Here I am again, with a little delay because I was away on a conference of economics over the weekend, but I’ll cover that in a later post. This netcast started out very nicely, and I was hoping that I won’t have to write this post (I’m in no way worried that I run out of things to rant about :)). But as you’ll see there are some errors and bad answers in this show also as you can see from the length of this post.
The answer for the second question was right on spot (the first question wasn’t about security). It also raised a very good question: why doesn’t Microsoft unregister the affected DLLs through Windows Update as a first measure? In the case of the WMF flaw I suppose that deregistering the given DLL may have affected some printing services, but in the case of the VML flaw this seems to have been a good preliminary solution.
The first question where I have something to comment about is the one about the USB devices and virtual machines. As most of the time Leo hits the nail on the head: in VMWare (I don’t know about VirtualPC or Parallels) the USB device is associated with the virtual machine only if it’s in the foreground while you’re plugging it in (probably you can change it in the settings).
For the gentlemen asking about reducing windows installation sizes: Normally I would recommend CCleaner. It’s free and does a good job of removing unneeded temporary files. However being that he’s already using a reduced version of Windows I don’t believe that any method / tool would provide a considerable reduction in used disk space.
The answer to the security question is sort of ok, however one has to wonder what kind of network engineer is the one who doesn’t have security knowledge. But let me use this room for a little rant about novice users and computers: you can’t buy security. If you think that you plug a little box between you and your Internet connection and this will keep you secure from every possible threat, you’re deluded or just watched too match marketing materials. The responsible thing to do on the computer shops part who puts together the computer and probably installs some kind on Windows on it to: (a) set up the user as user not administrator (b) install free security products on it and set them to auto-update without asking the user (c) set windows to auto-update without asking the user (d) load up the computer with open-source software to do most of the things a typical home user might need (like play music, watch films, read e-mail etc). Then put together some kind of learning material about security and say to the user: you can use your computer for most of the things you want. If you wish to get the Administrator password, you must read this material to understand the basic things about your computer and then take a free online test. If s/he passes, then s/he gets the Administrator password. This would make possible for the grandma-type users to read their e-mails with no effort and fairly safe and still provide a way for the more determined users to gain full control over their machine (after they know at least to some extent what they are taking control of). Now I know that no company in the world would implement such a policy, but wouldn’t it be great?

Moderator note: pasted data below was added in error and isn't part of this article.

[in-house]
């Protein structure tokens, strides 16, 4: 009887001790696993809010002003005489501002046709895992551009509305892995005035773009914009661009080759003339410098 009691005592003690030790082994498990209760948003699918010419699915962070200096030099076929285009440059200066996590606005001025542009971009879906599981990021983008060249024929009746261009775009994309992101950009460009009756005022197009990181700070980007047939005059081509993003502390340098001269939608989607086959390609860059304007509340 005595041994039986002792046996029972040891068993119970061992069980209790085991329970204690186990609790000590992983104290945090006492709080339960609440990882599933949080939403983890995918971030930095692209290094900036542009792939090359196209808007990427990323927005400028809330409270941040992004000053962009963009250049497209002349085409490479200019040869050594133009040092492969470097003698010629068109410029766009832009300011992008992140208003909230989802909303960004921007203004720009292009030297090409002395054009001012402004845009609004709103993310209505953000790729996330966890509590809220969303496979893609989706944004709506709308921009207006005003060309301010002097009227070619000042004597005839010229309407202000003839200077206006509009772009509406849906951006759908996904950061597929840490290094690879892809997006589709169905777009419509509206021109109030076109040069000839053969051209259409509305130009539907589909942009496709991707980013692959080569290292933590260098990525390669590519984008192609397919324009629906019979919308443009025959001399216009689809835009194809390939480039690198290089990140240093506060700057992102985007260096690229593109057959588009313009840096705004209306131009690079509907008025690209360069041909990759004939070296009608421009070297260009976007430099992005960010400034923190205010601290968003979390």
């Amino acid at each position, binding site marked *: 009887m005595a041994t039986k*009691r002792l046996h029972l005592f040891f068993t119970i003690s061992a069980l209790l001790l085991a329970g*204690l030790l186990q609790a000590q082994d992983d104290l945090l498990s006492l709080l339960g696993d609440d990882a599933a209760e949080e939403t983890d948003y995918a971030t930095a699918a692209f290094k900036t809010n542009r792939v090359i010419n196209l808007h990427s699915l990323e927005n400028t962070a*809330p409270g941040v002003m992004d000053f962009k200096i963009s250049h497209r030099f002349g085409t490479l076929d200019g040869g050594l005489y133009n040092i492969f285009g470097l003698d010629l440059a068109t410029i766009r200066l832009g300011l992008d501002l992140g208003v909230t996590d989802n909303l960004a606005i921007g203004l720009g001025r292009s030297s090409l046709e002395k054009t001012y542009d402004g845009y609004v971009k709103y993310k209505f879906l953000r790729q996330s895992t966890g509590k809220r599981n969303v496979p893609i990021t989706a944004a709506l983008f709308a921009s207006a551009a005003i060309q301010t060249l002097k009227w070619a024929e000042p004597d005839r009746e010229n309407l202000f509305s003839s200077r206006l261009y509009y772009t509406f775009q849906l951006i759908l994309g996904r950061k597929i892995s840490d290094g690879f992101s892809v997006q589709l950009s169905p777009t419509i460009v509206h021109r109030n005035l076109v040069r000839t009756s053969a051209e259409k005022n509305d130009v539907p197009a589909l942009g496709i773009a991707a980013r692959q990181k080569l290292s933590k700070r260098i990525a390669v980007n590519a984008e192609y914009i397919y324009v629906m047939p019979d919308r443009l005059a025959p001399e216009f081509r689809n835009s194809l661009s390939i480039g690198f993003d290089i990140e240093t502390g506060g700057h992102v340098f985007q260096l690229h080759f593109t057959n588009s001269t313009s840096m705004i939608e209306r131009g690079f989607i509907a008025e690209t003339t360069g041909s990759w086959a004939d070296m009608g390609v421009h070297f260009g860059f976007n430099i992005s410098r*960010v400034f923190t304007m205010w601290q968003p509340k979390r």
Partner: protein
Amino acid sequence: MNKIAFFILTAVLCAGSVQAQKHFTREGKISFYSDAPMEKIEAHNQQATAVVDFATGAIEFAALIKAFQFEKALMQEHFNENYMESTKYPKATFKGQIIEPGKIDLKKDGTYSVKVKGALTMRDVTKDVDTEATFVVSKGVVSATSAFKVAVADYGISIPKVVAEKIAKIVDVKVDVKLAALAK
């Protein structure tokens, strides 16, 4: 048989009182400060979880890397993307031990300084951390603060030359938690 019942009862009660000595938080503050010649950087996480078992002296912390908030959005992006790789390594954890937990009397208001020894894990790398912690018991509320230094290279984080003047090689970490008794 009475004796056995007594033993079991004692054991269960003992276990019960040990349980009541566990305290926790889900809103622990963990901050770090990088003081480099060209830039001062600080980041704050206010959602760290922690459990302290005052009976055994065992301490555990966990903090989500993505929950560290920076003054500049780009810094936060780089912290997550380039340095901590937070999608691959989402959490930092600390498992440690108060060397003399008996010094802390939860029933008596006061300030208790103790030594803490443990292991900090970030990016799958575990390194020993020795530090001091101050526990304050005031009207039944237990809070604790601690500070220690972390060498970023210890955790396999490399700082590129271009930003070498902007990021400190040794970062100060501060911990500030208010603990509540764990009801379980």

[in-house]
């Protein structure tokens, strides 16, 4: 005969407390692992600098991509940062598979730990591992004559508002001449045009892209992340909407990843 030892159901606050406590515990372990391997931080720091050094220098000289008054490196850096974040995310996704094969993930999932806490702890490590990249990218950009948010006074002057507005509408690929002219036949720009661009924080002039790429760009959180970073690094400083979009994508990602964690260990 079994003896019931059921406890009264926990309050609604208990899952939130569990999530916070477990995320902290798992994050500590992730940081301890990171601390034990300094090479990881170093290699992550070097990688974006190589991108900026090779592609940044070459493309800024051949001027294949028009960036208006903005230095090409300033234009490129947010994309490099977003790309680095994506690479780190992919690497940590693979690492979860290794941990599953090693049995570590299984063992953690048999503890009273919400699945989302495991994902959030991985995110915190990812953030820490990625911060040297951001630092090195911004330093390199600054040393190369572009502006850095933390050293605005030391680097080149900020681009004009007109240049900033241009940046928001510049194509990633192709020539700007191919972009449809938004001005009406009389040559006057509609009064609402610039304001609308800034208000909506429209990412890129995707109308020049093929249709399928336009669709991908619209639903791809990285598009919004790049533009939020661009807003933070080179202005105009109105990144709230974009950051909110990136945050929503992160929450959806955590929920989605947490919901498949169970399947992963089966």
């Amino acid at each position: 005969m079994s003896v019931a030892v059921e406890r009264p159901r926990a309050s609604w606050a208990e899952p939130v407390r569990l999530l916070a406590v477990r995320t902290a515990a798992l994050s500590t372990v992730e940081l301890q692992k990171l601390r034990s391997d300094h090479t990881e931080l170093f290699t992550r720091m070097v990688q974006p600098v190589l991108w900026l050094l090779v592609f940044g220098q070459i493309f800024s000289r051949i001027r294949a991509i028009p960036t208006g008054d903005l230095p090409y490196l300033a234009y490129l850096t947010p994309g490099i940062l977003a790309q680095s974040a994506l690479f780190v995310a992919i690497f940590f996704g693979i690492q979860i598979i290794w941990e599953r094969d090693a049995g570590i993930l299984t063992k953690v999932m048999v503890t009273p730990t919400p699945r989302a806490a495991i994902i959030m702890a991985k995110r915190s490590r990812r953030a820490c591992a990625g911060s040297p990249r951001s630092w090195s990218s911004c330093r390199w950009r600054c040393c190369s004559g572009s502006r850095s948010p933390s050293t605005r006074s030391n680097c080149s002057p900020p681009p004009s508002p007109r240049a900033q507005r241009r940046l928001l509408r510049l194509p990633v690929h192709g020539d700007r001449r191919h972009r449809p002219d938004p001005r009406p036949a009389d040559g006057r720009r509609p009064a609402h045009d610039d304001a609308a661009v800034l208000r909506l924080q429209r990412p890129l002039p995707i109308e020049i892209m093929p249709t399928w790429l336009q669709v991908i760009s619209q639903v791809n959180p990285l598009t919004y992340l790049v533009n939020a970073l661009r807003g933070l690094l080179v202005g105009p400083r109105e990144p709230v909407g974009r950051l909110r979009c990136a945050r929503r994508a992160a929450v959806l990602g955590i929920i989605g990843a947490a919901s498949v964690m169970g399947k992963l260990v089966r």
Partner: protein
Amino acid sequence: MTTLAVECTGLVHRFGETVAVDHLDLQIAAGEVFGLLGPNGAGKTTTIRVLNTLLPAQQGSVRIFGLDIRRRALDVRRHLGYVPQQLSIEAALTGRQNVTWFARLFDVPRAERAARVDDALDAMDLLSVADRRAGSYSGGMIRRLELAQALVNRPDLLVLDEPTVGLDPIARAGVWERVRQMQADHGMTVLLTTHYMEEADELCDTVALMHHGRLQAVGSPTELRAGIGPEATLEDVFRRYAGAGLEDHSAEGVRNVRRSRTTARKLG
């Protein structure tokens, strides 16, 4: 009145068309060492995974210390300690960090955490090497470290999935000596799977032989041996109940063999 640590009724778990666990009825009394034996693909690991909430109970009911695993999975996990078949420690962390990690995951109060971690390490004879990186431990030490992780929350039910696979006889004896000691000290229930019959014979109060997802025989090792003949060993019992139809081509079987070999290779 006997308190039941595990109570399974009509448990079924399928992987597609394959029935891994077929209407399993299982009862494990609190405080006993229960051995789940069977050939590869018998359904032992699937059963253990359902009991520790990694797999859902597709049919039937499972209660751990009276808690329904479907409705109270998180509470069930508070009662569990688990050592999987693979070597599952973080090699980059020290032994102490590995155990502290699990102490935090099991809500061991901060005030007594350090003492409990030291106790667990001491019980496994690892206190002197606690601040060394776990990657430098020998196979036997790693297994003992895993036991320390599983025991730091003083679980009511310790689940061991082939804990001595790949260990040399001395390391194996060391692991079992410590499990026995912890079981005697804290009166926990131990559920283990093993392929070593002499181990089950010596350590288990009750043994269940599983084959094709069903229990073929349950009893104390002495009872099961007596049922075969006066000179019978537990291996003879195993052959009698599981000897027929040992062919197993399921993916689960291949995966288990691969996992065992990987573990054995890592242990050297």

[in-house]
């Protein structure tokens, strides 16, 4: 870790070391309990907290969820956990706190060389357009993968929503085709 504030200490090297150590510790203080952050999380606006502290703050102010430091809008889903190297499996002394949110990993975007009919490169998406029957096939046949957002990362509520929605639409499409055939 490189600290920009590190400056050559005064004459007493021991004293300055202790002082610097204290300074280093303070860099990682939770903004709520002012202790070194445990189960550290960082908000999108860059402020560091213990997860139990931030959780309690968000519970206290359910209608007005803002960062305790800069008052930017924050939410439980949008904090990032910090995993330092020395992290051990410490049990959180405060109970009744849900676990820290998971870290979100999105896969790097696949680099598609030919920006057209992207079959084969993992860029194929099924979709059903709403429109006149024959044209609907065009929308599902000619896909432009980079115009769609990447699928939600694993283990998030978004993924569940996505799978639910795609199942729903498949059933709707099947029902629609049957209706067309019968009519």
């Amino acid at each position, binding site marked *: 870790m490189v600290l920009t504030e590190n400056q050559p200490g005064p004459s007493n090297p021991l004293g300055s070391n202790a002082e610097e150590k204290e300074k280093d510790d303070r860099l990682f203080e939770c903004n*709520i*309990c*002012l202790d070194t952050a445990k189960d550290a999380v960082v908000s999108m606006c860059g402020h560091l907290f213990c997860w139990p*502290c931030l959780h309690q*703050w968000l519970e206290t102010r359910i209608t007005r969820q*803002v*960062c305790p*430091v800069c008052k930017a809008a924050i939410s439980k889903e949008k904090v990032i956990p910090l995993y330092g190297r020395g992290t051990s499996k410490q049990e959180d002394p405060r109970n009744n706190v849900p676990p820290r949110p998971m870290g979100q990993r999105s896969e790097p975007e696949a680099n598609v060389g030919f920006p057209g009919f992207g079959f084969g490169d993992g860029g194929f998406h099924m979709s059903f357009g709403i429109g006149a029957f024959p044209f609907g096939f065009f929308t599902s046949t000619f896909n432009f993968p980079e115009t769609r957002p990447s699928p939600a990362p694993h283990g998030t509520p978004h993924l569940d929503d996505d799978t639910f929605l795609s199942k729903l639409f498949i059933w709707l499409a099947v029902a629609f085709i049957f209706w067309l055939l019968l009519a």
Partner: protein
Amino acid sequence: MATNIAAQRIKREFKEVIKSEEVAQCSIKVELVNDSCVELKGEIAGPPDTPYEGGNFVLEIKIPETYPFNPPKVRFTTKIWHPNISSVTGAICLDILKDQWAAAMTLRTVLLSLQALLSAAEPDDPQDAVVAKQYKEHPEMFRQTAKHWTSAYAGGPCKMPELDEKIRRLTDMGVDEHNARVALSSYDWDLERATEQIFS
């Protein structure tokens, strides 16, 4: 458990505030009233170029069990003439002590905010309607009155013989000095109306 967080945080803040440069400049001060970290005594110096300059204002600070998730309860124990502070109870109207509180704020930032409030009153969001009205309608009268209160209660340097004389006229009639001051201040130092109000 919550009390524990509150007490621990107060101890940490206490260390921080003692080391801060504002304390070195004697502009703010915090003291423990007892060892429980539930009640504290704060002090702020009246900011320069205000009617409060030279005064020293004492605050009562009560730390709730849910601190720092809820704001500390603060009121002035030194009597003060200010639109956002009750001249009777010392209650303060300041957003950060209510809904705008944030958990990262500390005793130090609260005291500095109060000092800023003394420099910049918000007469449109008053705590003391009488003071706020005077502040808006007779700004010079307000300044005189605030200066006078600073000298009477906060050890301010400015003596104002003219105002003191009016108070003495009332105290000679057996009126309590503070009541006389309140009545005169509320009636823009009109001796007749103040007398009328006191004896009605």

About TrueCrypt and a possible performance degradation: I’m convinced that there would be only very little performance degradation (disclaimer: I didn’t do any tests, this is just my personal opinion), however there would be a big gain: she can be sure that everything (and I mean everything) that she does in the virtual machine would be crypted. When using partial encryption (like putting your documents on a separate partition and only encrypting that or using the EFS facility of NTFS), you are always in the risk of leaving artifacts (for example temporary versions of documents are often written to the temporary directory during editing from where they can be recovered, or contents of the memory can end up the swap file). Thus the only 100% secure solution (assuming you’ve choose a long and had to guess password) is to put the VMWare image on an encrypted volume. Period. A sidenote: I’ve found some sites which claimed to have achieved performances in the range of 100MB/s with AES, one of the strongest algorithms included in TrueCrypt, using consumer hardware. This clearly is more than enough for disk transfers (the test were done using memory as source and destination to enable maximum throughput).
The answer for the question about overheating damaging your CPU is clearly wrong and I have factual evidence for it: you can watch the videos showing Toms Hardware removing the heatsink while they are running (go to the last page of the article to download the video). They are clearly damaged! Now I know this is extreme and just stopping he fan probably would do less damage, but it is possible. Then again I never heard about malware doing this, but this doesn’t mean that it doesn’t exists.
Now on to the next question: please don’t run SAMBA on the internet. Please! And don’t recommend it to other people either. The protocol contains no encryption and was not meant for usage in non-trusted networks. Please use SFTP, Apache with HTTPS and password protection or other means for sharing files. While sharing files with SAMBA is a little more convenient than these other methods, it is by no mean secure!
Finally the discussion about software patents was good.